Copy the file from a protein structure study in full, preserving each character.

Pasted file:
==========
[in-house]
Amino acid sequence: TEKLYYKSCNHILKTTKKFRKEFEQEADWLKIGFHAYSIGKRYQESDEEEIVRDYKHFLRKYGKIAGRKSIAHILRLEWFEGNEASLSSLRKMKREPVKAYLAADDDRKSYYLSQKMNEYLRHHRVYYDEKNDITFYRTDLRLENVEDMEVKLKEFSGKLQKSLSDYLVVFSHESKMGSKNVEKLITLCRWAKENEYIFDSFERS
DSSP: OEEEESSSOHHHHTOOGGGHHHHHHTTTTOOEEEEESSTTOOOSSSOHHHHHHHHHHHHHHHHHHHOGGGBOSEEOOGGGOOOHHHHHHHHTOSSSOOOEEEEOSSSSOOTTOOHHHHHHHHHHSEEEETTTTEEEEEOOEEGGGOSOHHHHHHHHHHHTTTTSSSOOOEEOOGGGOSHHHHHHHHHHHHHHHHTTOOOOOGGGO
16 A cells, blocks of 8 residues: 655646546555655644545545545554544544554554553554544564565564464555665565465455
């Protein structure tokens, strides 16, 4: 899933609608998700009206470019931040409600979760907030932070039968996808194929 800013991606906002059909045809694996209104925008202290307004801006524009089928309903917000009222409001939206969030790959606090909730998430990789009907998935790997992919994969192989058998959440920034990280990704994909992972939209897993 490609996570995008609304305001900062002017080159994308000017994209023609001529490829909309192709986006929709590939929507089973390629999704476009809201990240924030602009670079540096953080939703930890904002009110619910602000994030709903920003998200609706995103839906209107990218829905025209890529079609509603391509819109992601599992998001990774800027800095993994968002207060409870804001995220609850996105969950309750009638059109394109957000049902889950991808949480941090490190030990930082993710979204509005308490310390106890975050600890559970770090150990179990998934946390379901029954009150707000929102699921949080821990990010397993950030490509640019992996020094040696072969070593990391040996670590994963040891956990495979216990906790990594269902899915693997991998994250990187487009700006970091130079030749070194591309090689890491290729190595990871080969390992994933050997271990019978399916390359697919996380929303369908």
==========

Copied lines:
[in-house]
Amino acid sequence: TEKLYYKSCNHILKTTKKFRKEFEQEADWLKIGFHAYSIGKRYQESDEEEIVRDYKHFLRKYGKIAGRKSIAHILRLEWFEGNEASLSSLRKMKREPVKAYLAADDDRKSYYLSQKMNEYLRHHRVYYDEKNDITFYRTDLRLENVEDMEVKLKEFSGKLQKSLSDYLVVFSHESKMGSKNVEKLITLCRWAKENEYIFDSFERS
DSSP: OEEEESSSOHHHHTOOGGGHHHHHHTTTTOOEEEEESSTTOOOSSSOHHHHHHHHHHHHHHHHHHHOGGGBOSEEOOGGGOOOHHHHHHHHTOSSSOOOEEEEOSSSSOOTTOOHHHHHHHHHHSEEEETTTTEEEEEOOEEGGGOSOHHHHHHHHHHHTTTTSSSOOOEEOOGGGOSHHHHHHHHHHHHHHHHTTOOOOOGGGO
16 A cells, blocks of 8 residues: 655646546555655644545545545554544544554554553554544564565564464555665565465455
């Protein structure tokens, strides 16, 4: 899933609608998700009206470019931040409600979760907030932070039968996808194929 800013991606906002059909045809694996209104925008202290307004801006524009089928309903917000009222409001939206969030790959606090909730998430990789009907998935790997992919994969192989058998959440920034990280990704994909992972939209897993 490609996570995008609304305001900062002017080159994308000017994209023609001529490829909309192709986006929709590939929507089973390629999704476009809201990240924030602009670079540096953080939703930890904002009110619910602000994030709903920003998200609706995103839906209107990218829905025209890529079609509603391509819109992601599992998001990774800027800095993994968002207060409870804001995220609850996105969950309750009638059109394109957000049902889950991808949480941090490190030990930082993710979204509005308490310390106890975050600890559970770090150990179990998934946390379901029954009150707000929102699921949080821990990010397993950030490509640019992996020094040696072969070593990391040996670590994963040891956990495979216990906790990594269902899915693997991998994250990187487009700006970091130079030749070194591309090689890491290729190595990871080969390992994933050997271990019978399916390359697919996380929303369908």